The Royal College of Physicians (RCP) has criticised the standard of care offered to bladder and bowel incontinence sufferers in the UK following the publication of a new report.
Results from the National Audit for Continence Care have been revealed by the RCP this week, following a study of 18,253 people cared for by NHS trusts, mental healthcare trusts and care homes.
It was found that diagnosis and treatment of incontinence is "often poor or non-existent", with the report highlighting a lack of diagnosis or care plans in place for the condition, as well as failures in training and management responsibility.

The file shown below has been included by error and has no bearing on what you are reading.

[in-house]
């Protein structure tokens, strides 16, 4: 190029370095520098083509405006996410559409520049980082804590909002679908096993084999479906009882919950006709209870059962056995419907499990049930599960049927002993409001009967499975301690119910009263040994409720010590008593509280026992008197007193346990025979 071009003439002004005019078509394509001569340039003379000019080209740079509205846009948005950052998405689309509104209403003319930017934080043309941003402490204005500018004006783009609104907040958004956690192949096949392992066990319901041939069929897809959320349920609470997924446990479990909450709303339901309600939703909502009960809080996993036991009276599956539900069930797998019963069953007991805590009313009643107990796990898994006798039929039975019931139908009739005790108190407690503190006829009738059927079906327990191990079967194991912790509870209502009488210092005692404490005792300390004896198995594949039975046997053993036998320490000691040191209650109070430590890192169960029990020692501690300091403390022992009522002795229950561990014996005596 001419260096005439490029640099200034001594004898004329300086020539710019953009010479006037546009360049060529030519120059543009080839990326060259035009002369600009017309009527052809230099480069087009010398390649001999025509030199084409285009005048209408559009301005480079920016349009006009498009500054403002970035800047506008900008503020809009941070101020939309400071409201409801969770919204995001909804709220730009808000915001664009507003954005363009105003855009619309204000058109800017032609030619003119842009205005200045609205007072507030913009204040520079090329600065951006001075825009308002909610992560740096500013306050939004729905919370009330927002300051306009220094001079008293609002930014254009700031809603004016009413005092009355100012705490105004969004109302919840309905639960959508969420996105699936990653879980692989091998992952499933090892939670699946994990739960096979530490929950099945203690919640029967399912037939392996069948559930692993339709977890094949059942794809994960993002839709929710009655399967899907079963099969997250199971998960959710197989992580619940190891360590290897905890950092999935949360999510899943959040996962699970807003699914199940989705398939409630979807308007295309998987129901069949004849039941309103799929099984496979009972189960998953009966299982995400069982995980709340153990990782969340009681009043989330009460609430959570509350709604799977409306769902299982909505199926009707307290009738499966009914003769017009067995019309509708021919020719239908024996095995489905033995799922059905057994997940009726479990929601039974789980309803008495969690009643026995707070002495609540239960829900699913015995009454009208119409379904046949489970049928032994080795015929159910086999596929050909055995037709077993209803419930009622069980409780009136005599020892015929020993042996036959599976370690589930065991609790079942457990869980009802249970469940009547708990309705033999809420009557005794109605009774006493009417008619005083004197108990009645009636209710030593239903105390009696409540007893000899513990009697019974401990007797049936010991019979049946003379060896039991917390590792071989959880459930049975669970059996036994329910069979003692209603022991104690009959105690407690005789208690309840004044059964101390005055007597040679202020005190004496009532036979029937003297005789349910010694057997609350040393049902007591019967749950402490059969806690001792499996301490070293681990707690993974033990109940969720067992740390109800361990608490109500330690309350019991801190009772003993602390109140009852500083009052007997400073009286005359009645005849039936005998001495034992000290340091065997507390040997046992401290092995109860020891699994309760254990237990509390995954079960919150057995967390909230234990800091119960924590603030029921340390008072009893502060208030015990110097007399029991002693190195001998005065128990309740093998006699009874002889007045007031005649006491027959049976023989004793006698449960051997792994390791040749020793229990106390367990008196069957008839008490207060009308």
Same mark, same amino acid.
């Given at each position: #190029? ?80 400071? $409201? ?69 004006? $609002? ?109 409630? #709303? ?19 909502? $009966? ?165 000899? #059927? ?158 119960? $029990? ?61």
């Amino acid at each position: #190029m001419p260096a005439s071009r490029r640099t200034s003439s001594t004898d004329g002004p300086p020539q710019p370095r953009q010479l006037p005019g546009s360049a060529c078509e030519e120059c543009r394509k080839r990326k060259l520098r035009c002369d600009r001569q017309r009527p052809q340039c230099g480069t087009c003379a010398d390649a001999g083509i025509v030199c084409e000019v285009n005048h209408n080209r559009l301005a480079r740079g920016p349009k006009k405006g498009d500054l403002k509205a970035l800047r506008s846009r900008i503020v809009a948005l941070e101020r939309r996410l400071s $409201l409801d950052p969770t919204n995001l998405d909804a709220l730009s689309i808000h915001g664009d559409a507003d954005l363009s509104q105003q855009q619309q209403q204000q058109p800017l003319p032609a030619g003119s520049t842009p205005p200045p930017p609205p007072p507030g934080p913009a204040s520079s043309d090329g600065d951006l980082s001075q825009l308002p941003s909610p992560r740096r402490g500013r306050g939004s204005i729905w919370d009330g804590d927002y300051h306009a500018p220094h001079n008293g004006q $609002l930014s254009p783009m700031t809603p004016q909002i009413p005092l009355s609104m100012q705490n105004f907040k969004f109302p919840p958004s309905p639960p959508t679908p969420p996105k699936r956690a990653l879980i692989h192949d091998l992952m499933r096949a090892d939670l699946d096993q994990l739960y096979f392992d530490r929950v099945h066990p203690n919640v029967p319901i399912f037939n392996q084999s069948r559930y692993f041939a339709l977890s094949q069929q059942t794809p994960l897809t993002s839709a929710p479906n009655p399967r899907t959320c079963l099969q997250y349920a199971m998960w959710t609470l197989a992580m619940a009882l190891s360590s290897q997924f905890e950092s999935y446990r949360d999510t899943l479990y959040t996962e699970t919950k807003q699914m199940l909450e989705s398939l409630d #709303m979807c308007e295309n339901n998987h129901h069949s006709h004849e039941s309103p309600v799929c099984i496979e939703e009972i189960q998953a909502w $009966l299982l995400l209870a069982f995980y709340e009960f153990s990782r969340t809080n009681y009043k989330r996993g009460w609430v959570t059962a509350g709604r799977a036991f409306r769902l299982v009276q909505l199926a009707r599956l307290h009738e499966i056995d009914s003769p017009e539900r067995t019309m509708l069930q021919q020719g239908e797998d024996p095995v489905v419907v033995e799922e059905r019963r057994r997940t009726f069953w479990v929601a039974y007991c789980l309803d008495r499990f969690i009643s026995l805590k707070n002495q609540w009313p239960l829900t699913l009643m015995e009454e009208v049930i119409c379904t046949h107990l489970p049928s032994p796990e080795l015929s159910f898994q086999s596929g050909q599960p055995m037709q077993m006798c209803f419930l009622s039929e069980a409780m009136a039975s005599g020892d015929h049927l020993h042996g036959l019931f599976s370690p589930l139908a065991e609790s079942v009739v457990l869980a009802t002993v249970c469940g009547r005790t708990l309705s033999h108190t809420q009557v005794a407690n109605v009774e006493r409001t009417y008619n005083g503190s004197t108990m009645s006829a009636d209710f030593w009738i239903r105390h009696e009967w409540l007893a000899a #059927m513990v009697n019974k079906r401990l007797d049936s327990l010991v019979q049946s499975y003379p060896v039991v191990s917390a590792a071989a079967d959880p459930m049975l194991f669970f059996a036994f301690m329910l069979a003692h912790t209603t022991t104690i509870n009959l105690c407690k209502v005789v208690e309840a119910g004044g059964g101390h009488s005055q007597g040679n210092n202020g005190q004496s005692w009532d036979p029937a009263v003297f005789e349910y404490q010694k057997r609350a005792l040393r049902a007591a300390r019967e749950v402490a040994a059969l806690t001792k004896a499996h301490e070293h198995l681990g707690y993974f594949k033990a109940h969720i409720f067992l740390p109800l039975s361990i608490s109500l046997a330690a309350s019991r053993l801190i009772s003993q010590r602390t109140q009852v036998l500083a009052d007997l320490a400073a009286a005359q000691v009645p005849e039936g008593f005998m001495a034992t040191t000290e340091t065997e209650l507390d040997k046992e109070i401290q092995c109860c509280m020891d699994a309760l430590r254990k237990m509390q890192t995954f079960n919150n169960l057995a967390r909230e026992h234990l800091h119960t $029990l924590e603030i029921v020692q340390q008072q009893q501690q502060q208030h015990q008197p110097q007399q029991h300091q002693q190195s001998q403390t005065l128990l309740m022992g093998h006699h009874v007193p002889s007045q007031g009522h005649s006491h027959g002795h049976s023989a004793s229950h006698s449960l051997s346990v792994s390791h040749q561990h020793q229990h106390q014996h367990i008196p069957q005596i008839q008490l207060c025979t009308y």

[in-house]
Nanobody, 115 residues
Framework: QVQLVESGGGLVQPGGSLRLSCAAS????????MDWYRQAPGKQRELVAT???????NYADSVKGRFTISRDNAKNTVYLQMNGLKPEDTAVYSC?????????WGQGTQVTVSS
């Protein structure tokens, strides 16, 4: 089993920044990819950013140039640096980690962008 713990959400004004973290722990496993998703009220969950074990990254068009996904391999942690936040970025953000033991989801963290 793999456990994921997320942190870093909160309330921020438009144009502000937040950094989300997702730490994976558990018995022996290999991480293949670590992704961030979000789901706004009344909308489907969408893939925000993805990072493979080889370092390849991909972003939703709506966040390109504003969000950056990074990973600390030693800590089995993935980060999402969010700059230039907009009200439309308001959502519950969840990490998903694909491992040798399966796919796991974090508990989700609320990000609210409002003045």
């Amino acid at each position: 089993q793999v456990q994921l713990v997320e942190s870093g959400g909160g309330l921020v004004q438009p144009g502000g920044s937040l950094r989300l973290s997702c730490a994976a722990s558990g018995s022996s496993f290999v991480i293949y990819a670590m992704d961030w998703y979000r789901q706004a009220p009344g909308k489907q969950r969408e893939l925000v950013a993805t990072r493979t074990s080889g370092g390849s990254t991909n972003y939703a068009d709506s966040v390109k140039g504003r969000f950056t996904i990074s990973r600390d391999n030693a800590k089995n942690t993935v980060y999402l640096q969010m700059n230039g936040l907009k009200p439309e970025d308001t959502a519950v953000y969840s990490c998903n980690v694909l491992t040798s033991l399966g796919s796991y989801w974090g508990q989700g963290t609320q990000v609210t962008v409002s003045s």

The RCP therefore called for improvements to commissioning frameworks and greater patient empowerment.
Dr Adrian Wagg, clinical director of the audit, said: "Although these are treatable conditions, people of all ages and vulnerable groups in particular continue to suffer unnecessarily and often in silence with a life sentence of bladder and/or bowel incontinence."
This comes after Mark Flannagan, chief executive of the charity group Beating Bowel Cancer, suggested this week that bowel cancer is not being treated effectively due to the taboo nature of the condition.See all the latest jobs in Medical Devices